The family of Erik Salgado lead a large procession, marching from Elmhurst Middle School in East Oakland on Monday, June 8, to the site where Erik Salgado was shot and killed by California Highway Patrol officers this weekend. (Beth LaBerge/KQED)
Hundreds of demonstrators showed up for a youth-led march in East Oakland Monday afternoon, demanding justice for a young man shot and killed by California Highway Patrol officers late Saturday night.
Although authorities have released little information about the incident, protesters contend CHP officers fired a hail of bullets at a car driven by Erik Salgado, an Oakland native in his early 20s, killing him and injuring his pregnant girlfriend in the passenger seat.
Joined by members of Salgado's family, demonstrators gathered Monday afternoon in front of Elmhurst United Middle School — which he once attended — raising their fists in the air, faced all four directions and took a knee.
Chanting "Say his name," the group then marched to the site of the shooting on the 9600 Block of Cherry Street, where a makeshift memorial had been erected.
“Erik was a good daddy, he was a good brother, he was a good primo [cousin], a good dad,” Amanda Majail-Blanco, Salgado’s sister, told the crowd at the site where he was killed. “He was a product of the streets like all of us are, a product of his environment. That don’t make him a bad person. That don’t make him a criminal.”
Calling it “no less than a public execution,” organizers claim that CHP officers fired more than 40 rounds at Salgado's car, and are demanding the officers involved be immediately identified and detained, with personnel records made public.
“They could have shot a child, they could have shot anybody, they could have shot into someone’s home and killed someone, but clearly they didn’t care. We want justice for Erik, we want it now,” said Hoku Jeffrey, a national organizer with the Coalition to Defend Affirmative Action Integration and Immigrant Rights and Fight for Equality By Any Means Necessary (BAMN), a social justice group involved in the march.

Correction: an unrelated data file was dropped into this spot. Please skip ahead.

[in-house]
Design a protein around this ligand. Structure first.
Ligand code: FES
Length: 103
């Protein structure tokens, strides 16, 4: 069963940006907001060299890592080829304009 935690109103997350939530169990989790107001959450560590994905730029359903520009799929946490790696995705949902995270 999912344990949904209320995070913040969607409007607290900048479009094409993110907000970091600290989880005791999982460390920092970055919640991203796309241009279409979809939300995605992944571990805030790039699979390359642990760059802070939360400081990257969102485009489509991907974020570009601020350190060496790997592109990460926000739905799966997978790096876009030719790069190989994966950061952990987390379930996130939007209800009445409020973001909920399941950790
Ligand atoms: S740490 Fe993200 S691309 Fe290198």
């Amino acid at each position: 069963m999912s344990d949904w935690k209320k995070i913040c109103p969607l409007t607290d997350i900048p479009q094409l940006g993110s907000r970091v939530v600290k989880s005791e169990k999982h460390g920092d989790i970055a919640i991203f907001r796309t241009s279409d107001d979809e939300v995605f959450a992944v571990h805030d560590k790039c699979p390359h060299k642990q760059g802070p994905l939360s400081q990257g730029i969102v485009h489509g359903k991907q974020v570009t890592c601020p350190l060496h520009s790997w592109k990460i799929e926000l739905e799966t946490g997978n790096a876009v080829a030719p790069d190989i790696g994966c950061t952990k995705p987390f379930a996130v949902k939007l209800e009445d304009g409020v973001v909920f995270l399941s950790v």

News of the shooting comes in the midst of massive protests against police violence that have raged for weeks in scores of cities across the country — including many in the Bay Area — sparked by the May 25 death of George Floyd, an unarmed 46-year-old black man killed at the hands of Minneapolis police.
“We organized this march because we were appalled at the murder of Erik Salgado,” said Isha Clarke, 17, who helped organize the demonstration with other Oakland youth. “Even when the whole world is watching, police terrorize our communities and broadcast their complete disregard for black and brown life.”
Unlike Floyd's death, there is no readily accessible video footage capturing Saturday's shooting, and details remain murky. However, two nearby houses apparently had cameras pointed at the scene of the shooting and neighbors said CHP investigators took copies of those videos to review, according to Oaklandside news editor Darwin BondGraham.
The Oakland Police Department, the lead agency investigating the incident, has said only that CHP officers were conducting a criminal investigation at the time of the incident. On Sunday, NBC Bay Area reported that one police source said investigators believe the Dodge Challenger Salgado was driving is one of 72 cars that were stolen from a San Leandro Dodge dealership during a spate of looting incidents the previous week.
“The City of Oakland is committed to conducting a rigorous and transparent investigation into this fatal shooting that occurred in our city,” Oakland Mayor Libby Schaaf said in a statement Monday.
The CHP and the Alameda County District Attorney's Office are also conducting independent investigations.
“I'm angry as a spectator. I'm angry as someone whose been incarcerated. I'm angry as someone whose gone to protests, been gassed and zip-tied,” said Hayden Reynato, an organizer with Communities United for Restorative Youth Justice, who participated in the march and vigil for Salgado. “At the same time, I'm angry for all my friends and family who have been hurt over this.”
This report includes additional reporting from KQED's Susie Neilson and The Associated Press. It will be updated as more information becomes available.